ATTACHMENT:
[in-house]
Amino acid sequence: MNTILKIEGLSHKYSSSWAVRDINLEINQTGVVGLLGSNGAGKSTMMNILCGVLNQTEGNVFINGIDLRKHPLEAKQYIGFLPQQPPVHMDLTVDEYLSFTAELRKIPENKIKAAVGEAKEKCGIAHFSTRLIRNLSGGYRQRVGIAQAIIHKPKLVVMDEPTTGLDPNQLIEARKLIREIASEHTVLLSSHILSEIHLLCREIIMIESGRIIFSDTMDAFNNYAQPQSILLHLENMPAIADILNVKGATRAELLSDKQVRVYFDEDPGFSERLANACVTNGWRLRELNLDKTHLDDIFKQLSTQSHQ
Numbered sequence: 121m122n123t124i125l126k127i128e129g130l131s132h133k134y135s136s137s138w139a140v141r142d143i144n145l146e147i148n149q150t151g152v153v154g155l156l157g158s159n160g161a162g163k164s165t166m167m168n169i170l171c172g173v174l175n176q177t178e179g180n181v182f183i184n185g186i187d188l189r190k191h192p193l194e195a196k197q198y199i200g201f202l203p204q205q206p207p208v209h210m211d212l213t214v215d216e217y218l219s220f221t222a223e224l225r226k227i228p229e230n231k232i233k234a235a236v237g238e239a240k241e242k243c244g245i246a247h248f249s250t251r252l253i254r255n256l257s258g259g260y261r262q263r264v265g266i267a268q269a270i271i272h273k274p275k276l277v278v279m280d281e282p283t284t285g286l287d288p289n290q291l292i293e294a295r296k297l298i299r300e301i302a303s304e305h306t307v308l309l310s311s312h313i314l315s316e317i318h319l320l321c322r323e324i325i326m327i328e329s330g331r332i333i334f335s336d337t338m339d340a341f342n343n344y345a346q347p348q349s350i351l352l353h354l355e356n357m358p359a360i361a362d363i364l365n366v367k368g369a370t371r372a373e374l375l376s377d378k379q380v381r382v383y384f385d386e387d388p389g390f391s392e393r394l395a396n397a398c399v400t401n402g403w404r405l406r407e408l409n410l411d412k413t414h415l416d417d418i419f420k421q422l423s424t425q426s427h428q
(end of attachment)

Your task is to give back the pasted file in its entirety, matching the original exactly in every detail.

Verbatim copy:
[in-house]
Amino acid sequence: MNTILKIEGLSHKYSSSWAVRDINLEINQTGVVGLLGSNGAGKSTMMNILCGVLNQTEGNVFINGIDLRKHPLEAKQYIGFLPQQPPVHMDLTVDEYLSFTAELRKIPENKIKAAVGEAKEKCGIAHFSTRLIRNLSGGYRQRVGIAQAIIHKPKLVVMDEPTTGLDPNQLIEARKLIREIASEHTVLLSSHILSEIHLLCREIIMIESGRIIFSDTMDAFNNYAQPQSILLHLENMPAIADILNVKGATRAELLSDKQVRVYFDEDPGFSERLANACVTNGWRLRELNLDKTHLDDIFKQLSTQSHQ
Numbered sequence: 121m122n123t124i125l126k127i128e129g130l131s132h133k134y135s136s137s138w139a140v141r142d143i144n145l146e147i148n149q150t151g152v153v154g155l156l157g158s159n160g161a162g163k164s165t166m167m168n169i170l171c172g173v174l175n176q177t178e179g180n181v182f183i184n185g186i187d188l189r190k191h192p193l194e195a196k197q198y199i200g201f202l203p204q205q206p207p208v209h210m211d212l213t214v215d216e217y218l219s220f221t222a223e224l225r226k227i228p229e230n231k232i233k234a235a236v237g238e239a240k241e242k243c244g245i246a247h248f249s250t251r252l253i254r255n256l257s258g259g260y261r262q263r264v265g266i267a268q269a270i271i272h273k274p275k276l277v278v279m280d281e282p283t284t285g286l287d288p289n290q291l292i293e294a295r296k297l298i299r300e301i302a303s304e305h306t307v308l309l310s311s312h313i314l315s316e317i318h319l320l321c322r323e324i325i326m327i328e329s330g331r332i333i334f335s336d337t338m339d340a341f342n343n344y345a346q347p348q349s350i351l352l353h354l355e356n357m358p359a360i361a362d363i364l365n366v367k368g369a370t371r372a373e374l375l376s377d378k379q380v381r382v383y384f385d386e387d388p389g390f391s392e393r394l395a396n397a398c399v400t401n402g403w404r405l406r407e408l409n410l411d412k413t414h415l416d417d418i419f420k421q422l423s424t425q426s427h428q